Using ssh-agent and ED25519 Keys on GNOME

The default GNOME keyring (gnome-keyring-daemon) provides an inferior version of ssh-agent. The GNOME version doesn’t support ED25519 keys, and it doesn’t have proper support for removing keys. I figured out a kind of elegant way to fix this in Fedora 24 which should be compatible in the future with the bright and glorious Wayland future, including with gdm-wayland-session.

First I disabled the SSH component of gnome-keyring-daemon by removing the Autostart lines from /etc/xdg/autostart/gnome-keyring-ssh.desktop. From a clean install of GNOME/Fedora you should see after doing this that upon login SSH_AUTH_SOCK is no longer set.

Next I created a systemd user unit file at ~/.config/systemd/user/ssh-agent.service with the following content:

[Unit]
Description=OpenSSH private key agent
IgnoreOnIsolate=true

[Service]
Type=forking
Environment=SSH_AUTH_SOCK=%t/ssh-agent.socket
ExecStart=/usr/bin/ssh-agent -a $SSH_AUTH_SOCK
ExecStartPost=/usr/bin/systemctl --user set-environment SSH_AUTH_SOCK=${SSH_AUTH_SOCK}

[Install]
WantedBy=default.target

I also enabled this unit with systemctl --user enable ssh-agent.service. After doing this, upon logging in to a GNOME session you should see that SSH_AUTH_SOCK is still not set, but now you will see that an ssh-agent process is started with a command like /usr/bin/ssh-agent -a /run/user/1000/ssh-agent.socket. You’ll also see that systemctl --user show-environment has the correct value for SSH_AUTH_SOCK.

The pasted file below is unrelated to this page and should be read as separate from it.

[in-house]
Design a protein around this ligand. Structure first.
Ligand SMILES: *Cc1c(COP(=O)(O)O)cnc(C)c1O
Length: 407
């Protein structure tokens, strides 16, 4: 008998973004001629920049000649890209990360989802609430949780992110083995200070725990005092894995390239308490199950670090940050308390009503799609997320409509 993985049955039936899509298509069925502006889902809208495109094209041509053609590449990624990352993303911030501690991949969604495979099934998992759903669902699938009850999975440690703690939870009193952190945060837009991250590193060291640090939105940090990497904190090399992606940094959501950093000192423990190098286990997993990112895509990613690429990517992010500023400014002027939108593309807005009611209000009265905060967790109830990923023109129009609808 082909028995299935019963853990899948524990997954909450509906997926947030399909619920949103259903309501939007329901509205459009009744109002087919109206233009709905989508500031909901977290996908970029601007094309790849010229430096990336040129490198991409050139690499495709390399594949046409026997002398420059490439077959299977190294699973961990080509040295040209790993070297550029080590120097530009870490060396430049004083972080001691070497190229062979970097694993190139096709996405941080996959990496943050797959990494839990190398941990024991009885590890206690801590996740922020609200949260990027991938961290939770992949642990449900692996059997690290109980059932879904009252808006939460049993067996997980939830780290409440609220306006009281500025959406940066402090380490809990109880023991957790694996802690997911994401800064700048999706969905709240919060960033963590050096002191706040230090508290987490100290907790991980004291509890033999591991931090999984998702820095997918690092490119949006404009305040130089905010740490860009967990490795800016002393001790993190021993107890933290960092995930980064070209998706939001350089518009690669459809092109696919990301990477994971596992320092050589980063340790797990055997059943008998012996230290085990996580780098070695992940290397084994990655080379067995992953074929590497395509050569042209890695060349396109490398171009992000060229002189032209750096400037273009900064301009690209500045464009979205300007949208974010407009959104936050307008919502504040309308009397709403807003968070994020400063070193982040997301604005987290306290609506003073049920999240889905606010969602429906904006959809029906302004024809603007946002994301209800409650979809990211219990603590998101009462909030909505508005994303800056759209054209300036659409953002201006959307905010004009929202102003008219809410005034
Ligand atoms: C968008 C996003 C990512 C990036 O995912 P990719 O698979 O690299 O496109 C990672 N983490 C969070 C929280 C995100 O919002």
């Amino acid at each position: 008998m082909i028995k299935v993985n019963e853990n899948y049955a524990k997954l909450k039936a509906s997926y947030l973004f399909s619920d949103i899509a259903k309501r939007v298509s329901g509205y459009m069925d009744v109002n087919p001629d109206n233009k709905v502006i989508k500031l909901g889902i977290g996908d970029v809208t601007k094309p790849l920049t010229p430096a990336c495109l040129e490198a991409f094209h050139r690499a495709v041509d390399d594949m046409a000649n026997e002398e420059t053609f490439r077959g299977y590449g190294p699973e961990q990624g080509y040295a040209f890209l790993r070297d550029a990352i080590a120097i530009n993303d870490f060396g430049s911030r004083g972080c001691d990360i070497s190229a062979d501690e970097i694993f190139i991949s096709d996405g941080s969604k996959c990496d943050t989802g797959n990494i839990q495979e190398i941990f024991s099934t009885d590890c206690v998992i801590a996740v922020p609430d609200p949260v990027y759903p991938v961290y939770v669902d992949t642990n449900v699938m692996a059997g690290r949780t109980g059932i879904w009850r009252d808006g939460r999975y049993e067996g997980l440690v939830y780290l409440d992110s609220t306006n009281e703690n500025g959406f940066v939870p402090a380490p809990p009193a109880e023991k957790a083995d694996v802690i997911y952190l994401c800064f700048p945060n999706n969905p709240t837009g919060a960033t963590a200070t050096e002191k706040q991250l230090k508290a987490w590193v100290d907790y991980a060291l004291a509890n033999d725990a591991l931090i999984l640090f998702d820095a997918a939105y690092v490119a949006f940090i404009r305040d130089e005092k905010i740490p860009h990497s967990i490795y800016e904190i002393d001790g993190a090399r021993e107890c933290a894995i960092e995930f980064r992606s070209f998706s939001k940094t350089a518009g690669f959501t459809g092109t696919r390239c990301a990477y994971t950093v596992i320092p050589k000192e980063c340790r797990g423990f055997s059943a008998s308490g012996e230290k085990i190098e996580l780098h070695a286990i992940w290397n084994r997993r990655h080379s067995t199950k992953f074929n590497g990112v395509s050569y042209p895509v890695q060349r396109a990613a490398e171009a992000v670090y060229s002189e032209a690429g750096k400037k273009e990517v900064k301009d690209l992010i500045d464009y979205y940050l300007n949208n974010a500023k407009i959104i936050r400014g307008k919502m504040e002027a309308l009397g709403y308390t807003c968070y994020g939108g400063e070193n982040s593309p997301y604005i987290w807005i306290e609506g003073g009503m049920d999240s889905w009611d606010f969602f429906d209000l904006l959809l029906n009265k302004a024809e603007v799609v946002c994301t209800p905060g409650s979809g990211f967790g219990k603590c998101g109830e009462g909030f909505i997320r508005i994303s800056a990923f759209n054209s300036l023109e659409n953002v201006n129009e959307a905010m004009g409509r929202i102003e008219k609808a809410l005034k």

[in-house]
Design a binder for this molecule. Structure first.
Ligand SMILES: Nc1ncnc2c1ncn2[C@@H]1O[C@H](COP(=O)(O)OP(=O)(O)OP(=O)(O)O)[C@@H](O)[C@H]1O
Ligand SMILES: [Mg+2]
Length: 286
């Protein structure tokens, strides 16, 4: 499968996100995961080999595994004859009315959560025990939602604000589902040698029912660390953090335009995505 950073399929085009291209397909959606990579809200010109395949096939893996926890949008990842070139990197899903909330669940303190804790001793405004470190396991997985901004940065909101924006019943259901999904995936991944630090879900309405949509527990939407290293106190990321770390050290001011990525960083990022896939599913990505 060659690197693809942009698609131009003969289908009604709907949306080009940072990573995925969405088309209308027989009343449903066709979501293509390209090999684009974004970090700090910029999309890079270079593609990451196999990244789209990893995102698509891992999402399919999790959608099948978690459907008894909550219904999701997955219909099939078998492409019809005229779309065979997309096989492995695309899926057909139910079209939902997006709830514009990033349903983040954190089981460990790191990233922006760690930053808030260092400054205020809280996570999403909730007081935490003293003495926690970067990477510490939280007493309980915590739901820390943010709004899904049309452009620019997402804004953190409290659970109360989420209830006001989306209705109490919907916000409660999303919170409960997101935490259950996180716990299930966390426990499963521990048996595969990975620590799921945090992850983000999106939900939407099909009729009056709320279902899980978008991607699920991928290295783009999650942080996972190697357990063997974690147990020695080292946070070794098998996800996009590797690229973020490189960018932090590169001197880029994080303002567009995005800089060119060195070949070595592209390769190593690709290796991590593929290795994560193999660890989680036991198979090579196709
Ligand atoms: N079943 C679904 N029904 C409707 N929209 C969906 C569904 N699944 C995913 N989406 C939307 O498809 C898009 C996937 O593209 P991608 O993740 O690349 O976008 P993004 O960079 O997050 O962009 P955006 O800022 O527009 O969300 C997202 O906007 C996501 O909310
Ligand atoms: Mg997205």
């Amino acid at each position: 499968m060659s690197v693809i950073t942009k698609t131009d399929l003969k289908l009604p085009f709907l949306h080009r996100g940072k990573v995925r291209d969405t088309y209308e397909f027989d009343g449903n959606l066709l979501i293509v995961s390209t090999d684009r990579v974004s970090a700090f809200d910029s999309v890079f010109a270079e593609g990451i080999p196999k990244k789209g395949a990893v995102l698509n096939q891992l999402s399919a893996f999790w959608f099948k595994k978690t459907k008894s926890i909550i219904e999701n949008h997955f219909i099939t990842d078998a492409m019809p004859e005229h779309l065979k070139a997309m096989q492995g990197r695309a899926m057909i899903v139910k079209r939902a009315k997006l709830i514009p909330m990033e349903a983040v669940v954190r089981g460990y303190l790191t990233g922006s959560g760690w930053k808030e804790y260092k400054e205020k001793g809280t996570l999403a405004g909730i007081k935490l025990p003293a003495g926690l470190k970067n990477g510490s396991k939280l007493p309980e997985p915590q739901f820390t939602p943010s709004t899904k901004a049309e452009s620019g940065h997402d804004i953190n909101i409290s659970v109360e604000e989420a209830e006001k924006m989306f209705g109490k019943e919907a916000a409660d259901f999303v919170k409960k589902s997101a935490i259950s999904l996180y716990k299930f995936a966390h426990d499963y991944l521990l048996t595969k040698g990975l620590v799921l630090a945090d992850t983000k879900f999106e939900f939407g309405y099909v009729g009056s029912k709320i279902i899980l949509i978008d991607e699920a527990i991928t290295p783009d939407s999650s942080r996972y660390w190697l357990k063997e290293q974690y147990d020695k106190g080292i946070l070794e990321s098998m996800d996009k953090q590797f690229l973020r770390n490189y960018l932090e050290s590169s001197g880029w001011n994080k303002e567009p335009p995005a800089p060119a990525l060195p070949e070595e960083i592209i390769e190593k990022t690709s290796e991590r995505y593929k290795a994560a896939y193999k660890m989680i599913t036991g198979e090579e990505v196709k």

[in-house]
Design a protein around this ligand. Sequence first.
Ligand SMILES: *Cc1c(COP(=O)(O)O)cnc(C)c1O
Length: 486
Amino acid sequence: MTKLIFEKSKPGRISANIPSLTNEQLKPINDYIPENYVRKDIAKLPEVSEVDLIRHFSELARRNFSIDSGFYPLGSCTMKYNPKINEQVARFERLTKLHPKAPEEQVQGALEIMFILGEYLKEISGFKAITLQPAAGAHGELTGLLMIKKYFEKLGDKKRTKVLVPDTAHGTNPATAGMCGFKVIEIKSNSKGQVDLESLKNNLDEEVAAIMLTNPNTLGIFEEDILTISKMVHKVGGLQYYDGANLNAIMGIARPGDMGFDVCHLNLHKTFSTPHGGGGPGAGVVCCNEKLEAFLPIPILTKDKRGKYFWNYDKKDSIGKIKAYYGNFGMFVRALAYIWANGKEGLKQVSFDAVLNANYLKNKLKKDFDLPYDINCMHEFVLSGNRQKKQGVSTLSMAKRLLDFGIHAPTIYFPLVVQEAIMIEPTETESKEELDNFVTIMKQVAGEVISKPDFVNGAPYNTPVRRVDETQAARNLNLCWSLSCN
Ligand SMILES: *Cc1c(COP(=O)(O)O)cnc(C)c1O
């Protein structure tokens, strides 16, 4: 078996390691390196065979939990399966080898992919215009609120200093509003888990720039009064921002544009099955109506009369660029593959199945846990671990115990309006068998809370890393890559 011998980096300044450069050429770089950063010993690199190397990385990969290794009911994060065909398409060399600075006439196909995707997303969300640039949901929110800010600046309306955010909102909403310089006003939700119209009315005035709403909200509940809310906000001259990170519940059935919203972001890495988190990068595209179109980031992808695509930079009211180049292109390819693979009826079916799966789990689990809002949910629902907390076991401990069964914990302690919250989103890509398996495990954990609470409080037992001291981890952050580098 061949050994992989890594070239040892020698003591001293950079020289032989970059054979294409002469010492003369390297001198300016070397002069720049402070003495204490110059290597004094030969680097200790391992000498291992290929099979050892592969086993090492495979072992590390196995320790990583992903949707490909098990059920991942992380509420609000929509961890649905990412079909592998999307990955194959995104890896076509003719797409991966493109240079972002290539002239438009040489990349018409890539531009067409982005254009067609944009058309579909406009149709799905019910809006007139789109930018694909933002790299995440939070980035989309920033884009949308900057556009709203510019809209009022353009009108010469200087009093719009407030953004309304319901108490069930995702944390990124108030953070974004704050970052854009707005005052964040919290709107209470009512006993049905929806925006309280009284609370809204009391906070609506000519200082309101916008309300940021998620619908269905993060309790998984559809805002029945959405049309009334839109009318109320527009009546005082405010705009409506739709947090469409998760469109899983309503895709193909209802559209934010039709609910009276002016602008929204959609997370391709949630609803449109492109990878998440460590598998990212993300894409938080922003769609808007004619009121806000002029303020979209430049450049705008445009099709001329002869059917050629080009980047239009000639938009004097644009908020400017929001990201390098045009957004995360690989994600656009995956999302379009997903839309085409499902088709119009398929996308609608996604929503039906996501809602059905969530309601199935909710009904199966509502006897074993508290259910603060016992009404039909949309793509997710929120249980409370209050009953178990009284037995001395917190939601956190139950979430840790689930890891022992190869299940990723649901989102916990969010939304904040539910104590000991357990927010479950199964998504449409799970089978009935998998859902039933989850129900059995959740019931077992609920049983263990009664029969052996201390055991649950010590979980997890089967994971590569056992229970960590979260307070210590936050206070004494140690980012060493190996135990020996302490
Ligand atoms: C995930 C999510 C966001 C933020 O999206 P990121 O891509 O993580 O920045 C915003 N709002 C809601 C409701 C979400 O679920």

Finally I put this in my ~/.bash_profile:

eval $(systemctl --user show-environment | grep SSH_AUTH_SOCK)
export SSH_AUTH_SOCK

This will cause the right value for SSH_AUTH_SOCK to be propagated to your X11 session. This works because gdm-x-session sources ~/.bash_profile when logging in (or at least it does on Fedora).

From what I understand from the GNOME bugzilla, gdm-wayland-session will automatically know how to get SSH_AUTH_SOCK from the systemd user session, I believe starting in GNOME 3.22. This means in the future you won’t need these lines in ~/.bash_profile.